Port: Shocked about what has happened to Adnan Syed? That can happen in North Dakota, too
MINOT, N.D. — Adnan Syed is a man in Maryland whose case was made famous by the “Serial” podcast, which, in its own right, was perhaps more responsible than any other single production for the modern popularity of true crime programming.
Syed was released after years in prison after prosecutors requested that the courts vacate his conviction amid concerns over a Brady violation.
The Brady v. Maryland U.S. Supreme Court precedent found that it was unconstitutional for prosecutors to withhold potentially exculpatory evidence from defendants. If the state has evidence that could be used in your defense, they have to turn it over. When you hear people talk about “discovery” in a criminal proceeding, this is what they’re talking about.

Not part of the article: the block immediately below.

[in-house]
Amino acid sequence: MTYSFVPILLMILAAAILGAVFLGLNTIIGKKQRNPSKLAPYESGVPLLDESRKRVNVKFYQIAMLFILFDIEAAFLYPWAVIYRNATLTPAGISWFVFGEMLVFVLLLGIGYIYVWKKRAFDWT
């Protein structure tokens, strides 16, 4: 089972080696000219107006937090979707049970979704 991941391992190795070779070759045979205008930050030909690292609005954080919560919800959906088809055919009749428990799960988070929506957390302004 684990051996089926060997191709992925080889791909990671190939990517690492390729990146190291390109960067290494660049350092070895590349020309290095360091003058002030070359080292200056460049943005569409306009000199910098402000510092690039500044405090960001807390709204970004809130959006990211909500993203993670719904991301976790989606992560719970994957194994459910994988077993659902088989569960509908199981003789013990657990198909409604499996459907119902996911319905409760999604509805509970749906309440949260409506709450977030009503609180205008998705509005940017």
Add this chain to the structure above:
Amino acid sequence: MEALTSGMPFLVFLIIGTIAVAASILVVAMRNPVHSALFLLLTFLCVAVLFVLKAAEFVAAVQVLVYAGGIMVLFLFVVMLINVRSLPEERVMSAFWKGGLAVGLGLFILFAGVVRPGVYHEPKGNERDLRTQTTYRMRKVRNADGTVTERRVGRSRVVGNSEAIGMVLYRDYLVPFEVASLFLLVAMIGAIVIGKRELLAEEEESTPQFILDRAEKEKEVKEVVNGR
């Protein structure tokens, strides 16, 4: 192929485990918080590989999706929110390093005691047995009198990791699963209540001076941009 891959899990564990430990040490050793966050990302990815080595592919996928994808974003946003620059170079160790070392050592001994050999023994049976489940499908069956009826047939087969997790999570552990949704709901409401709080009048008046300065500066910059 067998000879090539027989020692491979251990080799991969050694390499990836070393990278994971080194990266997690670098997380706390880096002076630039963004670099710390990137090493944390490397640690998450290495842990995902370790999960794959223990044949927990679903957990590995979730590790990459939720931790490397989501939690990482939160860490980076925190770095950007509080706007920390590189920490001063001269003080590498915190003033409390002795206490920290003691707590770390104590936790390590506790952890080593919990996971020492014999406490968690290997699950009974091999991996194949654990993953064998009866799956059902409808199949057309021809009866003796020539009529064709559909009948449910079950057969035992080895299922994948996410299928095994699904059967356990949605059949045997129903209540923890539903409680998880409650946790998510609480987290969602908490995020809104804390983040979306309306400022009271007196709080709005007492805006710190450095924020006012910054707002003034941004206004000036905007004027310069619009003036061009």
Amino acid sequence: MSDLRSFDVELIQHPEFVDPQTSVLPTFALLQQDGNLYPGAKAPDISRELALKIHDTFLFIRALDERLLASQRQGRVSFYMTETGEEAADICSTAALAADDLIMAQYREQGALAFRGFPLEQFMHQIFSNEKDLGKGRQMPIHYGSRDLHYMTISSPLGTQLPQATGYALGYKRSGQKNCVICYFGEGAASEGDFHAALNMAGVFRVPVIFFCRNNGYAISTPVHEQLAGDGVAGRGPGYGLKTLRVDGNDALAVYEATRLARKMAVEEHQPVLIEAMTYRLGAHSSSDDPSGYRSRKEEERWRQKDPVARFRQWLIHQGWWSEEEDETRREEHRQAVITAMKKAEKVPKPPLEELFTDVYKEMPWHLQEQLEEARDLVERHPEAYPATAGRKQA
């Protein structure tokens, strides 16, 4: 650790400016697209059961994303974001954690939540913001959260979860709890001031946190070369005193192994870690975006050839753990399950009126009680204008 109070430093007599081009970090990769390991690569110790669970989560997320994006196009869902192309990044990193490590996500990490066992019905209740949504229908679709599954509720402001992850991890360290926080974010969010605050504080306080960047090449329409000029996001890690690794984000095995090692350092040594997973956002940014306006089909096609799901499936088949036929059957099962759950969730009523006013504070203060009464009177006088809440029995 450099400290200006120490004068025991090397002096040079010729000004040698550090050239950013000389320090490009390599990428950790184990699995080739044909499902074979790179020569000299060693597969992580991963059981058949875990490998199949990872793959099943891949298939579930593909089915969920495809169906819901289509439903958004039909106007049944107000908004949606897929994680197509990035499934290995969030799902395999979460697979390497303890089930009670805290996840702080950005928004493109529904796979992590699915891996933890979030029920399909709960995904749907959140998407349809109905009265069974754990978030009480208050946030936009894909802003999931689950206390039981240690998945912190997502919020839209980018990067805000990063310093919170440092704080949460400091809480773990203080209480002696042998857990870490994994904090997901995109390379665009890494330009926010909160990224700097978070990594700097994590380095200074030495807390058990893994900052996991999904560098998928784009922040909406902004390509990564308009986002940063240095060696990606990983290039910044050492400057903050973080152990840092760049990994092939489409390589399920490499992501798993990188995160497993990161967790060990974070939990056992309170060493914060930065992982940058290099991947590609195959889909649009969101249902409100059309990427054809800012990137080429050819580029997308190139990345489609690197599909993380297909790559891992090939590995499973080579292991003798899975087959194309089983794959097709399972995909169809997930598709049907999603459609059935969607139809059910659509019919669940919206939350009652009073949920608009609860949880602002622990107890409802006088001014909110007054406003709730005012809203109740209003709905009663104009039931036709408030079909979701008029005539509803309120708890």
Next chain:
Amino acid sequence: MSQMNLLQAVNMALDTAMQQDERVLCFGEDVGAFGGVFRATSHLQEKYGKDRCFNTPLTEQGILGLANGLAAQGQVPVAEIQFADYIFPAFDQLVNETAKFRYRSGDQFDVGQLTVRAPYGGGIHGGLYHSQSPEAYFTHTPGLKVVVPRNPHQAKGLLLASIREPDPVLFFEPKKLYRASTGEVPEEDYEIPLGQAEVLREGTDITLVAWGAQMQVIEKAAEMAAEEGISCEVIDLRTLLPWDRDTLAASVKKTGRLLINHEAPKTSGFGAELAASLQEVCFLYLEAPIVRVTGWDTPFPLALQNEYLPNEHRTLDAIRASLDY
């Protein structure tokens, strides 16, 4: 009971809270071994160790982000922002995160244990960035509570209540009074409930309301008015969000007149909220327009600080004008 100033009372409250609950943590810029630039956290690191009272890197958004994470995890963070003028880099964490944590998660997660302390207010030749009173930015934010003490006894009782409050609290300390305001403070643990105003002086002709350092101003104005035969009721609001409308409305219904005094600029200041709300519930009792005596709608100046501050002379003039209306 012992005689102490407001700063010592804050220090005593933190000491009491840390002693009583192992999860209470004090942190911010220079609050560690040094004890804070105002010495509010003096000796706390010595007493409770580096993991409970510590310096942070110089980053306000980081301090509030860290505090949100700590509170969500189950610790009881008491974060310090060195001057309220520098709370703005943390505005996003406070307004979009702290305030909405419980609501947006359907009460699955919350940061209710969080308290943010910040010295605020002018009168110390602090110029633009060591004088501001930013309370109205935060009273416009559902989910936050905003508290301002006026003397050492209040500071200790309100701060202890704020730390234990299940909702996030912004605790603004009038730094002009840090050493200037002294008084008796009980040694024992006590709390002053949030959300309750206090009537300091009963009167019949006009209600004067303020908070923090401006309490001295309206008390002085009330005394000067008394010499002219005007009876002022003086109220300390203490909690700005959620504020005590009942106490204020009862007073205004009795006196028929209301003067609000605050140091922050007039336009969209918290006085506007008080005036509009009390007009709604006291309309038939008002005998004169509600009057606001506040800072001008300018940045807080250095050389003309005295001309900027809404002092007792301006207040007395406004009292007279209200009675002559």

In Syed’s case, it turns out the prosecution had notes indicating someone else had been threatening the victim, Hae Min Lee, before she was murdered. Clearly, important stuff which should have been turned over. That it wasn’t got Syed out of prison.
But now Syed may be heading back to prison, not because of anything having to do with his guilt, but because prosecutors, according to an appellate court, failed to properly notify Lee’s family about the hearing where his conviction was vacated. Hae Min’s brother, Young Lee, attended the hearing virtually but wasn’t given enough time to be present in person.